The day has finally arrived — Samsung has unveiled the Galaxy S9 and S9+. Apart from minor upgrades, the two might not appear to be much different from last year's S8 and S8+, but that's not necessarily a bad thing. One feature that hasn't changed is the Galaxy's IP68 water-resistance rating. That's a great score, but it begs the question — what does that number really mean?
First of all, if you don't know what the IEC 60529 is, don't worry — it's a standard put out by the National Electrical Manufacturers Association, which is basically a test with set rules and regulations. A device is then assigned an IP rating for resistance to dust and water in accordance to its performance on the test. To quote the standard itself:
This standard describes a system for classifying the degrees of protection provided by enclosures of electrical equipment for two conditions: 1) the protection of persons against access to hazardous parts and protection of equipment against the ingress of solid foreign objects and 2) the ingress of water. The degree of protection against these two conditions is designated by an IP Code.
While "IP Code" really stands for "International Protection Marking," most nowadays refer to it as "Ingress Protection." All that really means is how well protected a device is against dust and water.
Speaking of dust and water, those elements are not weighed together into one grade. In fact, the number assigned to a device — the one that appears after the "IP" prefix — are two individual ratings. The first number denotes how "dust-proof" the device is, or how well the device protects against dust and solid particles, while the second reflects its "waterproofing," or how well the device keeps water from entering and damaging the sensitive electronic parts inside.
Samsung's latest Galaxy devices both earned themselves a rating of IP68 in the IEC 60529 tests. While a very high score — higher than the 2017 line of iPhones' IP67 — these phones are not waterproof, just water resistant.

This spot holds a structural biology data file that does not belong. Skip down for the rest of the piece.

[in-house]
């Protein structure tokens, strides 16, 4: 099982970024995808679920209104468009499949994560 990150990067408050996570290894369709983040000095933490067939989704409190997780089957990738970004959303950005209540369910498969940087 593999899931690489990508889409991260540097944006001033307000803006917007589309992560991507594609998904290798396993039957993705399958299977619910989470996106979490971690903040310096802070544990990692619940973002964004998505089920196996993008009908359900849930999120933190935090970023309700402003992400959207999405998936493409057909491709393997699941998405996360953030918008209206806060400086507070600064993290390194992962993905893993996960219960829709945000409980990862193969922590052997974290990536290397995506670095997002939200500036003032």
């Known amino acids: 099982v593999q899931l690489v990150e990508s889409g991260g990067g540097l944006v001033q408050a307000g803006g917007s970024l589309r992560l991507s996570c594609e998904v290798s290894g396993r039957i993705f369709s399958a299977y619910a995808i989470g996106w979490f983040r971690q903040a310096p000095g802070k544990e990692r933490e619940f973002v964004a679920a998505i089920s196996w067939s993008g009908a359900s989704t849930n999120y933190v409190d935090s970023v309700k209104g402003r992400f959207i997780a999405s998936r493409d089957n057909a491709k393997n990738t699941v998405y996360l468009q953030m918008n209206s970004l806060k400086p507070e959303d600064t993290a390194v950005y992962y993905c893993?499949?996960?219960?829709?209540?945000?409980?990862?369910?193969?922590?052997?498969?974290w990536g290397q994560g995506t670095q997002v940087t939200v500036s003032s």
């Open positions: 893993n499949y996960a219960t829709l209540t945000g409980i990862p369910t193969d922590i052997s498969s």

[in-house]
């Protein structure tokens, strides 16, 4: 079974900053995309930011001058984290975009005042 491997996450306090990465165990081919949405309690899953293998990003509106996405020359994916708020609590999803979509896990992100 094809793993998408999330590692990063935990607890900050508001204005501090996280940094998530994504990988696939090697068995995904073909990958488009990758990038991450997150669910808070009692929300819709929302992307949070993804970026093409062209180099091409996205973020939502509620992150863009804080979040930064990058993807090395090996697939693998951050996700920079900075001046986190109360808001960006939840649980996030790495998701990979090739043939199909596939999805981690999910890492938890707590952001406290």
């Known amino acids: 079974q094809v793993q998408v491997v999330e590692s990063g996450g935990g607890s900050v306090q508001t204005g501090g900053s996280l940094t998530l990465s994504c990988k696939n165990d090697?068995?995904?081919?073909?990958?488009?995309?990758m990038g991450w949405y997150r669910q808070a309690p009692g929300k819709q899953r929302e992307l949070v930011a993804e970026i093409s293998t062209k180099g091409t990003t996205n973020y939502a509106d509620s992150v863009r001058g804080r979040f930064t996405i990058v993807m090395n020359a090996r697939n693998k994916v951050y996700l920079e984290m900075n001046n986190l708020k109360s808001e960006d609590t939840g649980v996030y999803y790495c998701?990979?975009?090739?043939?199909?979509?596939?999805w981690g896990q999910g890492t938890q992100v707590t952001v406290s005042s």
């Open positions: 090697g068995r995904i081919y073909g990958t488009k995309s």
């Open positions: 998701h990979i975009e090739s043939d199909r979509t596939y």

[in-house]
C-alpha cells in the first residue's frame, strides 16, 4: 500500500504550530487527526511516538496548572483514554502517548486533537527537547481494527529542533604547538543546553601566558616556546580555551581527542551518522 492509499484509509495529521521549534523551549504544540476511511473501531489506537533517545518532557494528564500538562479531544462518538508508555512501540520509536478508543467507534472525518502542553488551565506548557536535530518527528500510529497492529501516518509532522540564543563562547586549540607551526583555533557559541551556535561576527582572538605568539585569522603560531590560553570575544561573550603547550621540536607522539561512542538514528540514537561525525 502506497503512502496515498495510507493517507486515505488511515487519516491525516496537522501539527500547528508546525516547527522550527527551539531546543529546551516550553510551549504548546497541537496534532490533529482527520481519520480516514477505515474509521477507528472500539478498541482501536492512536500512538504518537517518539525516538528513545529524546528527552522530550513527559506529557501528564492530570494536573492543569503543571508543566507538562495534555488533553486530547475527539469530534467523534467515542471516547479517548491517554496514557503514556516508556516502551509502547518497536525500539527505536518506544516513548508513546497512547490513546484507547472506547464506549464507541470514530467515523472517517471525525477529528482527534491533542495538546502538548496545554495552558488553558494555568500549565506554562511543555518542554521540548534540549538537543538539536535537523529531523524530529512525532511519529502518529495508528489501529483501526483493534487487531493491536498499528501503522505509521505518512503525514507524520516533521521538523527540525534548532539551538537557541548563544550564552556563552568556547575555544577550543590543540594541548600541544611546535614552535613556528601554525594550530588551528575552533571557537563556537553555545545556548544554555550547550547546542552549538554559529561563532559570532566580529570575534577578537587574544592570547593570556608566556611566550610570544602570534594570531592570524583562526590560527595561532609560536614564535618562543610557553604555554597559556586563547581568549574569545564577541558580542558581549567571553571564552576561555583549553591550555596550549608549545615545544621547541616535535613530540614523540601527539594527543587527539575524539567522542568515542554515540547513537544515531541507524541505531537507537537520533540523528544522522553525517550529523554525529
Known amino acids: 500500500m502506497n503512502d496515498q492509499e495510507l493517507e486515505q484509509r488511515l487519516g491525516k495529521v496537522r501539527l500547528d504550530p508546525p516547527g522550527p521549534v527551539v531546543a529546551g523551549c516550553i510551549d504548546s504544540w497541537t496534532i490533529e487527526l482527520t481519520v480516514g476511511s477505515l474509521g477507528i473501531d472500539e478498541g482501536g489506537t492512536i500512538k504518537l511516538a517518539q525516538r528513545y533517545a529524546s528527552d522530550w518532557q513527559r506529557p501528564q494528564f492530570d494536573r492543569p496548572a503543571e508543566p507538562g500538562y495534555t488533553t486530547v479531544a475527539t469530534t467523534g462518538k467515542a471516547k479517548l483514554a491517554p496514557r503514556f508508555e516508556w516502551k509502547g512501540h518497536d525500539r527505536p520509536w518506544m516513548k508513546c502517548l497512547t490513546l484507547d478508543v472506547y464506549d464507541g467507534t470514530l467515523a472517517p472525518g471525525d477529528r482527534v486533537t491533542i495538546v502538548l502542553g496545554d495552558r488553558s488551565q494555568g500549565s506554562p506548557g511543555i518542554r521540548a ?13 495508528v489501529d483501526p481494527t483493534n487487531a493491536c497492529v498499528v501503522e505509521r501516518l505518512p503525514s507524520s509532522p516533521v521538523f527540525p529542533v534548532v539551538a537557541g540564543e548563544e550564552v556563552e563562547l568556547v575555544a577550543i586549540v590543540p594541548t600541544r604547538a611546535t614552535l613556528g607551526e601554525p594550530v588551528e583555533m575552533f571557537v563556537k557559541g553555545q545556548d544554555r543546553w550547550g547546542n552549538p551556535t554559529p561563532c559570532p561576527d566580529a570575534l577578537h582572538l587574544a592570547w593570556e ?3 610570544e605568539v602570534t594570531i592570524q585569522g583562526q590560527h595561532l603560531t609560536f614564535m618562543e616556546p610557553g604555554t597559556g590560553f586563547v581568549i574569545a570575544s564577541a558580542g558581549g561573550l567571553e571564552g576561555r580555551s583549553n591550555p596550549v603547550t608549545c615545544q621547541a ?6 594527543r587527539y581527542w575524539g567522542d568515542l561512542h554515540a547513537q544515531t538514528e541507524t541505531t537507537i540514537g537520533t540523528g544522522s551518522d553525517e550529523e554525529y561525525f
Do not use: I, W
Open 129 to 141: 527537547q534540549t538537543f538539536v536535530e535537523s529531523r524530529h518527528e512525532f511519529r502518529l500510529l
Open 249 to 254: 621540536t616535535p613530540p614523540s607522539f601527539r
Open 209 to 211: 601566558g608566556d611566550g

- IP: The abbreviation of "Ingress Protection," the rating system for a device's dust- and water-resistance.
- 6: An IP rating's first number represents a device's dust protection rating. A "6," although smaller than the S9's second IP number, actually means the device is completely dustproof. Good on you, Samsung!
- 8: Water resistance is denoted by the second number of the rating. An "8" shows that the S9 devices can be fully submerged in water as deep as 1.5 meters for up to 30 minutes. For reference, the iPhone X, which scored a "7," can be submerged for 30 minutes at 1 meter deep.
So, what does this mean for you? If you accidentally drop your new phone in your toilet, get caught in the rain, or spill a tasty beverage on it, you shouldn't panic. However, you shouldn't push your luck — going swimming with an IP68-certified device isn't foolproof, and the chemicals you find in a swimming pool or the saltwater of the ocean might not mix well with your S9. Our advice? Be careful.
You see, while the IP Rating claims a certain level of protection against water and dust, it doesn't take in account chemicals or particles that you might find dissolved in water. Saltwater and chlorine can hurt the finish of your S9, and even damage the rubber protection that gives your phone its IP68 rating. While it's certainly tempting, we'd recommend you not plunge underwater with your phone in-hand. It might be fine, but if it's not, you could be on your own.
It all comes down to your warranty coverage. While we don't know yet about the S9's policy, with the S8, Samsung includes a limited warranty that covers manufacturer defects for one year, battery issues for six months, among other things. However, soak your S8 to the point of damage? You've voided your warranty.
That changes if you opt-in to Samsung Premium Care, a monthly-subscription coverage that extends the boundaries of your warranty by leaps and bounds. If you take your S8 for a swim, the device will be completely covered, even if the components inside fry before you dry. You get up to three cases of accidental damage per 12 month period, though, so the fourth time you lose your Galaxy at the bottom of the pool, it's like you never had coverage to begin with.
In short, what you've heard about the S9 is mostly true — the phone stands up well against the elements. While spills, grime, and accidental submerges shouldn't be cause for concern, we'd still warn against diving deep with your S9. It doesn't matter if the phone is IP68 or IP67 — if water touches the wrong parts, you could be in trouble.